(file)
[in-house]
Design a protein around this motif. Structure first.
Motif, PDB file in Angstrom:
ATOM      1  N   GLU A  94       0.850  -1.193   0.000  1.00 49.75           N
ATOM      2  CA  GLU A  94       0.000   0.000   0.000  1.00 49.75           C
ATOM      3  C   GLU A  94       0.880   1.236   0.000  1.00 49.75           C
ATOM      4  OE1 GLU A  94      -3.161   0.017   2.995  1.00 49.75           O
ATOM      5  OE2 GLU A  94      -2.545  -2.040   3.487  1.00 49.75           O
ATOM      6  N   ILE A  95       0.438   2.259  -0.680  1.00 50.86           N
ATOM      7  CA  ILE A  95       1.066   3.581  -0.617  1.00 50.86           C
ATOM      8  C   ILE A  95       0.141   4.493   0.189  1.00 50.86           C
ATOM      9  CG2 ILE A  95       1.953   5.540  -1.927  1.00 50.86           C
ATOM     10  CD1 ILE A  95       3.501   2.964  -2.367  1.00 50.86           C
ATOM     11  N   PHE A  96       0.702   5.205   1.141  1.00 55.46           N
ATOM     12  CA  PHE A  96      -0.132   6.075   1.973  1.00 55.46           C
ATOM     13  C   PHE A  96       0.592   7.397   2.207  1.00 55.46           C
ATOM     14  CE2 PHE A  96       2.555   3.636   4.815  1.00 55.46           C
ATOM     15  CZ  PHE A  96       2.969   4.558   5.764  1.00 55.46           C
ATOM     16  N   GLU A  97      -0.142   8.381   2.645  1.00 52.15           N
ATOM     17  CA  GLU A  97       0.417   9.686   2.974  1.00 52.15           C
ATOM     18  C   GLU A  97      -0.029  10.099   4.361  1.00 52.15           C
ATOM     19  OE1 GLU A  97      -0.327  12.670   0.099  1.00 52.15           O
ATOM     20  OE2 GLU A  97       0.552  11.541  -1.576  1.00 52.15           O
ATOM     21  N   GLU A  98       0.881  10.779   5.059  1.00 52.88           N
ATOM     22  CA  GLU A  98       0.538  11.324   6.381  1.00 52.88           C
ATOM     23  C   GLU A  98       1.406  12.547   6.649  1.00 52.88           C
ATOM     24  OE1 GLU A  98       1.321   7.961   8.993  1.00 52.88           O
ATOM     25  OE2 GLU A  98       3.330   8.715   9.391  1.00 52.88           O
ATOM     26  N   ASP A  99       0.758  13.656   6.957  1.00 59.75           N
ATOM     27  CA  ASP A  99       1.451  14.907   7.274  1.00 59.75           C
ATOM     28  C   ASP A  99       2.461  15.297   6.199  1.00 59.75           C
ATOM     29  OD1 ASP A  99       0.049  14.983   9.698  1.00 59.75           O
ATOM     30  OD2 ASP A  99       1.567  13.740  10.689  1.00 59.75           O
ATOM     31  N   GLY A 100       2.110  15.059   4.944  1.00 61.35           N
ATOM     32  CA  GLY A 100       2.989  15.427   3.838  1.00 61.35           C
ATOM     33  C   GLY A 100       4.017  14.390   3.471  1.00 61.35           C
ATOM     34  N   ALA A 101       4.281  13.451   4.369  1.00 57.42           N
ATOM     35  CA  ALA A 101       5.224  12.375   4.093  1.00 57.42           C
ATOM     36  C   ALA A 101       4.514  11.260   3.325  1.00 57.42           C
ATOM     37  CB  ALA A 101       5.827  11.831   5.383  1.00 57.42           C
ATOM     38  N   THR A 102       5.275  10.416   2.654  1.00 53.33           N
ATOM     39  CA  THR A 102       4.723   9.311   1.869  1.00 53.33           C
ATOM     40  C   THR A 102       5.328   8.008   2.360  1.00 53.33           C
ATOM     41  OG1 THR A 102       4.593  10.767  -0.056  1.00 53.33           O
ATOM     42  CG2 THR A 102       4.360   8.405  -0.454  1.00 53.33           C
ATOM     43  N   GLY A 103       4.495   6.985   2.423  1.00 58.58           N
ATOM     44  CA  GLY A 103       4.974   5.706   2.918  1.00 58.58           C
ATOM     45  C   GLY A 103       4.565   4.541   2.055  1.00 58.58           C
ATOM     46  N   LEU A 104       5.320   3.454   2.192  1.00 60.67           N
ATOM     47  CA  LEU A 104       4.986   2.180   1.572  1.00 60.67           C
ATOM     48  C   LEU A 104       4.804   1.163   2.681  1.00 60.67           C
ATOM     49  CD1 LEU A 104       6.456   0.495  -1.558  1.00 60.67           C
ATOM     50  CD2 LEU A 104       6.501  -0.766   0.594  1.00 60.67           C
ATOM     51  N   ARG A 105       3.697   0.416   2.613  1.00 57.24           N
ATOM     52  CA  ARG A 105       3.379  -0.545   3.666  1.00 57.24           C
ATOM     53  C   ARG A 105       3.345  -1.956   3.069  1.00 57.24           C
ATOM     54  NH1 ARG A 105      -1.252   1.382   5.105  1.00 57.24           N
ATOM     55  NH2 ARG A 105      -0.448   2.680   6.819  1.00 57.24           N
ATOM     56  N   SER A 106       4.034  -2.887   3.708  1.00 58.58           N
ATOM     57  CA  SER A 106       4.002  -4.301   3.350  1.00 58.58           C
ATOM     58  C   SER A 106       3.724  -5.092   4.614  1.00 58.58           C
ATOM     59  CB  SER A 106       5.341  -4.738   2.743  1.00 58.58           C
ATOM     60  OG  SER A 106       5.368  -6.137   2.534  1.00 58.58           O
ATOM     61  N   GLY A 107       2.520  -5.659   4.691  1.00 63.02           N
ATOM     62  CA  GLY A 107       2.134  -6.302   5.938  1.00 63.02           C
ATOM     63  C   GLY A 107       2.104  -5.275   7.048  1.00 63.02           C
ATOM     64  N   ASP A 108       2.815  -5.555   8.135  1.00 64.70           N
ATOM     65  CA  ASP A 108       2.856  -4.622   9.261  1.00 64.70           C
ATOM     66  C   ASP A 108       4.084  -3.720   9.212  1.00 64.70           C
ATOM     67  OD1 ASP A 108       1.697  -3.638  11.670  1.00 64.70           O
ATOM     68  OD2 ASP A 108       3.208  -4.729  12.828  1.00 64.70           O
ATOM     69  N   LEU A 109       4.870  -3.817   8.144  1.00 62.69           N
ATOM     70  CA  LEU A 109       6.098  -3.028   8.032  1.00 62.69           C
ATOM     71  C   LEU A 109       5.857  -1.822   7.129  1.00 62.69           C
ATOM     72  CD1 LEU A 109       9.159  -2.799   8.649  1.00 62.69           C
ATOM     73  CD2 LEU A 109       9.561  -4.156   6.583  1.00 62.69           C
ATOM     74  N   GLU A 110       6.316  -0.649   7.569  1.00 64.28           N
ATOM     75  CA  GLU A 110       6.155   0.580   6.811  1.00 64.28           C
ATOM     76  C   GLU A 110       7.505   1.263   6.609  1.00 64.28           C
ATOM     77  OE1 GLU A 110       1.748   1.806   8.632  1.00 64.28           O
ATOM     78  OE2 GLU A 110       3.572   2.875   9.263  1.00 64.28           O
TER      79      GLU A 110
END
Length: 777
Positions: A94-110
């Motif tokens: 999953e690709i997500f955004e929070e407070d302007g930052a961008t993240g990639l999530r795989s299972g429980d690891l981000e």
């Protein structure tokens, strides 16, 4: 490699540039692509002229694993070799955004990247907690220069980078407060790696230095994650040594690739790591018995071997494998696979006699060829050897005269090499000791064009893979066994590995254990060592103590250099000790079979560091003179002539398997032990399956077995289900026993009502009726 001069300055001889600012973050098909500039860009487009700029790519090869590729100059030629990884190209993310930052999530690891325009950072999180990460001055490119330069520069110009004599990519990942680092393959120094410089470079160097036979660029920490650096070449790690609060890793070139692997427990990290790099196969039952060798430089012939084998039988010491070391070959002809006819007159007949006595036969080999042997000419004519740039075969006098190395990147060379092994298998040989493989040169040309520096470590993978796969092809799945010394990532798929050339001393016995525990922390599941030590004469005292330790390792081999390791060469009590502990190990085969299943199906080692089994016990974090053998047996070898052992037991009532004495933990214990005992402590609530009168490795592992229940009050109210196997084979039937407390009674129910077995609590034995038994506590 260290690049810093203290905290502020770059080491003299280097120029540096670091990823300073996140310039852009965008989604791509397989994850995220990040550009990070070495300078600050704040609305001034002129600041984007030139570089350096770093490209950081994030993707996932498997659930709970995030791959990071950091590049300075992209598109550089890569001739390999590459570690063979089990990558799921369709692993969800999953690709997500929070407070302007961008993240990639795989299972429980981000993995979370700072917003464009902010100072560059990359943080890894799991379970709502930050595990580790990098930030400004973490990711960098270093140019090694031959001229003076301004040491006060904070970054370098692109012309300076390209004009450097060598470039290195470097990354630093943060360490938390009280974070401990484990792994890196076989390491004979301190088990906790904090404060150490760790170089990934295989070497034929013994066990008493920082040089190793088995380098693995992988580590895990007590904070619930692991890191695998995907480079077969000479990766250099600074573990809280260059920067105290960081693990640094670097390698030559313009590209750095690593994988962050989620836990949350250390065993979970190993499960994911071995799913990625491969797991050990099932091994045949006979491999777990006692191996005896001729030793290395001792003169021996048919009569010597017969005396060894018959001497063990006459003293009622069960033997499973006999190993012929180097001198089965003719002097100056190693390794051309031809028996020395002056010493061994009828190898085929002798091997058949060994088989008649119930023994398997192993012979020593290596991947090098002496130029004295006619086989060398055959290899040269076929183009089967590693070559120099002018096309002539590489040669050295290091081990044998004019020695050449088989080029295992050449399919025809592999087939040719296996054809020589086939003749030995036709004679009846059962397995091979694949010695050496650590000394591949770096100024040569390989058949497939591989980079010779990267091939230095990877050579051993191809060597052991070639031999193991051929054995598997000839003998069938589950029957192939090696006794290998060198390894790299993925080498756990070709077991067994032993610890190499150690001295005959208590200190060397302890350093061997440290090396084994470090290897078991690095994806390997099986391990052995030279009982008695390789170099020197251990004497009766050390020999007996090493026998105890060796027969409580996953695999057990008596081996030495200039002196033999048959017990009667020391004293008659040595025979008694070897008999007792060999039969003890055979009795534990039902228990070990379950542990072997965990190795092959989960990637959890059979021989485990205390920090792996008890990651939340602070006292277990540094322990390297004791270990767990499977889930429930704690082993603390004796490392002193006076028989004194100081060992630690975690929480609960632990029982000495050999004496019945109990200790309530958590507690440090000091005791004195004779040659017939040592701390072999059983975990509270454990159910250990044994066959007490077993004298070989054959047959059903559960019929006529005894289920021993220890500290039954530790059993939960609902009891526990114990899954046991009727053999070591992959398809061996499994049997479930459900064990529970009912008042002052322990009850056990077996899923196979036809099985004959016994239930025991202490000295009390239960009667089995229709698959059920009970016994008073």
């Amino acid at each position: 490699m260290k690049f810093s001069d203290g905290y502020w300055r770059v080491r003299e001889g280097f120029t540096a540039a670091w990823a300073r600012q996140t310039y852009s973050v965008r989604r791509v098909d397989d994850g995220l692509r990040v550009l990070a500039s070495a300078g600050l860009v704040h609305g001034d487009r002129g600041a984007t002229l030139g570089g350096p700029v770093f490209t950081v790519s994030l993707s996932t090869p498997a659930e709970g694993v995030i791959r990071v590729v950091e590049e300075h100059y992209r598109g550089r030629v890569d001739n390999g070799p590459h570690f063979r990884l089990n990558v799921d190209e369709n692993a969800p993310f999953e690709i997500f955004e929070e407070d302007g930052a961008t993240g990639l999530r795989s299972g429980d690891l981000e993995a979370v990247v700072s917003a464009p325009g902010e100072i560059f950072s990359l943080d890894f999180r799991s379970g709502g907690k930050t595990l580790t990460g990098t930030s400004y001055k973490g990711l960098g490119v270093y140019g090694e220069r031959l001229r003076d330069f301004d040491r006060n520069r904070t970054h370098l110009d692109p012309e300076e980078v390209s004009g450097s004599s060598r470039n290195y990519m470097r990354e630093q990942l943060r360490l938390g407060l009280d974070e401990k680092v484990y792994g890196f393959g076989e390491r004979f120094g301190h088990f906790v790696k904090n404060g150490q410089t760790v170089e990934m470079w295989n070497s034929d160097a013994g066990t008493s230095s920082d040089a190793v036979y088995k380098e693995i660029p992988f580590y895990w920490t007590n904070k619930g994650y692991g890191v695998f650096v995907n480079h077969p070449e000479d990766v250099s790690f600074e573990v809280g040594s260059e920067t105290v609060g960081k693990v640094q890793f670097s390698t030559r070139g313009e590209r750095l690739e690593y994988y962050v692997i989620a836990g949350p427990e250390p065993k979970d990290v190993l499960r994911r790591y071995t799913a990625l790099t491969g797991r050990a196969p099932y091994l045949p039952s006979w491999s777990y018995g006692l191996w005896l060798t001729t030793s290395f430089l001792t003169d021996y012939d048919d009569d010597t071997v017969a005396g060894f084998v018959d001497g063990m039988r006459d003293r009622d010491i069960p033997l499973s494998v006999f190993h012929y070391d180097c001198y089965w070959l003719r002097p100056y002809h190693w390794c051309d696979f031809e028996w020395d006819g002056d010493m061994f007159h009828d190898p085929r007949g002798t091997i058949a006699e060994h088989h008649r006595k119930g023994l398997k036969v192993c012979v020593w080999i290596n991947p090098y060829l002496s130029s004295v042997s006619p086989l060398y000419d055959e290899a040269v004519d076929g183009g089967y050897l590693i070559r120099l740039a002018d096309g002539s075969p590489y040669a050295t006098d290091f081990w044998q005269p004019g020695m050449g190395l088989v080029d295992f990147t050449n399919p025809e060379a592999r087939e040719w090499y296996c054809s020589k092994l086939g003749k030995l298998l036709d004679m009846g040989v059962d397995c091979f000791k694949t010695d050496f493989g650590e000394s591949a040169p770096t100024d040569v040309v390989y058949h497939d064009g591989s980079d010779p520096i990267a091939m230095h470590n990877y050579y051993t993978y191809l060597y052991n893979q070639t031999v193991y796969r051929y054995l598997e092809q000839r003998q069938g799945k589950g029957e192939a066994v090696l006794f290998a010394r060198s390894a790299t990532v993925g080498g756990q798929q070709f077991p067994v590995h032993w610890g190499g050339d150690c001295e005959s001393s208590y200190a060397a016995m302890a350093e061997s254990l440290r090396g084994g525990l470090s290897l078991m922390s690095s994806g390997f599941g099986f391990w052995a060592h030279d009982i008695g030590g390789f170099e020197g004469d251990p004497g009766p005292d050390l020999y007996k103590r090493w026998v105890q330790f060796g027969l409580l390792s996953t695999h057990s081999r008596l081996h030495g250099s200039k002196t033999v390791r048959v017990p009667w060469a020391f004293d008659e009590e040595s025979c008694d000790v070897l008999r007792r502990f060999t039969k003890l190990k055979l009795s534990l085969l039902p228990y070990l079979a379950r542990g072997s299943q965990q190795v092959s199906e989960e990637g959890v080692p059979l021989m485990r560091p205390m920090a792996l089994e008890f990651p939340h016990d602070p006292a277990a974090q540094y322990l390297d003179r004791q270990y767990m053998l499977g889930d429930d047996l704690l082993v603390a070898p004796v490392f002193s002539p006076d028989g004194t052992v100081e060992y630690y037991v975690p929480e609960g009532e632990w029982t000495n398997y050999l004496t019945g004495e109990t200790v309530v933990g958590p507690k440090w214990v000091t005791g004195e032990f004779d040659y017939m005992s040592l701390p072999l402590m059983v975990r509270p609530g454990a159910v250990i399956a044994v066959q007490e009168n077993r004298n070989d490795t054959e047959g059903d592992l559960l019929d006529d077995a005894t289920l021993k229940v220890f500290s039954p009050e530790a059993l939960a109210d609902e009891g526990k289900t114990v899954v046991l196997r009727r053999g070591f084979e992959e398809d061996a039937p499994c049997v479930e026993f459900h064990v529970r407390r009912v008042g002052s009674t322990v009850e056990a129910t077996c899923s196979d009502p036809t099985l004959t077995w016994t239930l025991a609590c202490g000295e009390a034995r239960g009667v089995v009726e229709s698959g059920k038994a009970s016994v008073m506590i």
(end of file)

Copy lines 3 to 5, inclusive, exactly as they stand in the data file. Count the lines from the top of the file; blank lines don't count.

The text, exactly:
Motif, PDB file in Angstrom:
ATOM      1  N   GLU A  94       0.850  -1.193   0.000  1.00 49.75           N
ATOM      2  CA  GLU A  94       0.000   0.000   0.000  1.00 49.75           C